"These are reasonably small differences when you take everything into account," budget director Daniels said.
Huge unexpected swings in federal tax revenues make long-range projections dubious at best. In May, for example, the CBO forecast a $275-billion surplus for this fiscal year. But Bush's tax cut, approved by Congress, sliced away more than $70 billion and the slowdown in economic activity pared more than $40 billion.
The impact is more political than substantive for ordinary citizens who don't participate in Washington's budget debate. The significance will come in how the debate shapes actual spending for defense, and for the proposed Medicare prescription drug benefit. Officials in the administration and members of Congress will be debating whether their respective parties get more mileage from the drug benefit or from holding the line on the budget and keeping the surplus intact.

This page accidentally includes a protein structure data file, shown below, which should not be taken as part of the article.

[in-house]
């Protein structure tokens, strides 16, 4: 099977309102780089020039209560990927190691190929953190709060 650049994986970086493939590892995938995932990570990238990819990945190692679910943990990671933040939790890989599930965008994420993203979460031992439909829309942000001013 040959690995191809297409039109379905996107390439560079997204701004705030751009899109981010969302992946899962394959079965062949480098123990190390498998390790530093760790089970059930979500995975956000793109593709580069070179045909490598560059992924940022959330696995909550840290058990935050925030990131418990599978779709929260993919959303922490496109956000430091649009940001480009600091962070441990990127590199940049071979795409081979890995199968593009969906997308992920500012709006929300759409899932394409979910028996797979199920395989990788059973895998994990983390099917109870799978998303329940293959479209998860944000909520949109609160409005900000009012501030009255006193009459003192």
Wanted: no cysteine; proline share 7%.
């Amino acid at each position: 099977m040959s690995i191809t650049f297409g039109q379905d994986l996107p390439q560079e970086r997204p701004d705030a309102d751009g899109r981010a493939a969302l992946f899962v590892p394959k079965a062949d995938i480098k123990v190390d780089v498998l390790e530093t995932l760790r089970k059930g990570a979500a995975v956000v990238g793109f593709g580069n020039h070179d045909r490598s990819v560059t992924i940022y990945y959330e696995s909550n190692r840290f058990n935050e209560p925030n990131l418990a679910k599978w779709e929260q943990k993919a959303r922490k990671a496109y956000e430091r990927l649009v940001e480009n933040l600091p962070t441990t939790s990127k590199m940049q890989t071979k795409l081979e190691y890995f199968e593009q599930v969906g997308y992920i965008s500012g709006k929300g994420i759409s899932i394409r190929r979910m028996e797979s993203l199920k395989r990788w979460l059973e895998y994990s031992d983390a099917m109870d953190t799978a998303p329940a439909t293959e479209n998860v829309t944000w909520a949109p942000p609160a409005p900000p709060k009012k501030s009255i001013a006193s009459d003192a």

Both political parties ignore the reality that money collected by the government is spent immediately, either on federal programs or on paying down the national debt. Unlike an individual, the federal government cannot invest in stocks or savings accounts that put aside resources for the future.
The surplus from Social Security cannot be put aside. It goes elsewhere in the government, and the Social Security trust fund receives in return a special issue of Treasury securities that must be redeemed later to make good on Social Security promises. These are obligations of the Treasury that must be made good by raising taxes, cutting government spending or by borrowing.
Social Security's financial crisis is predicted for 2038, when all the surplus securities will have been cashed in, and it is estimated that taxes will be sufficient to pay only 72% of benefits promised under current law.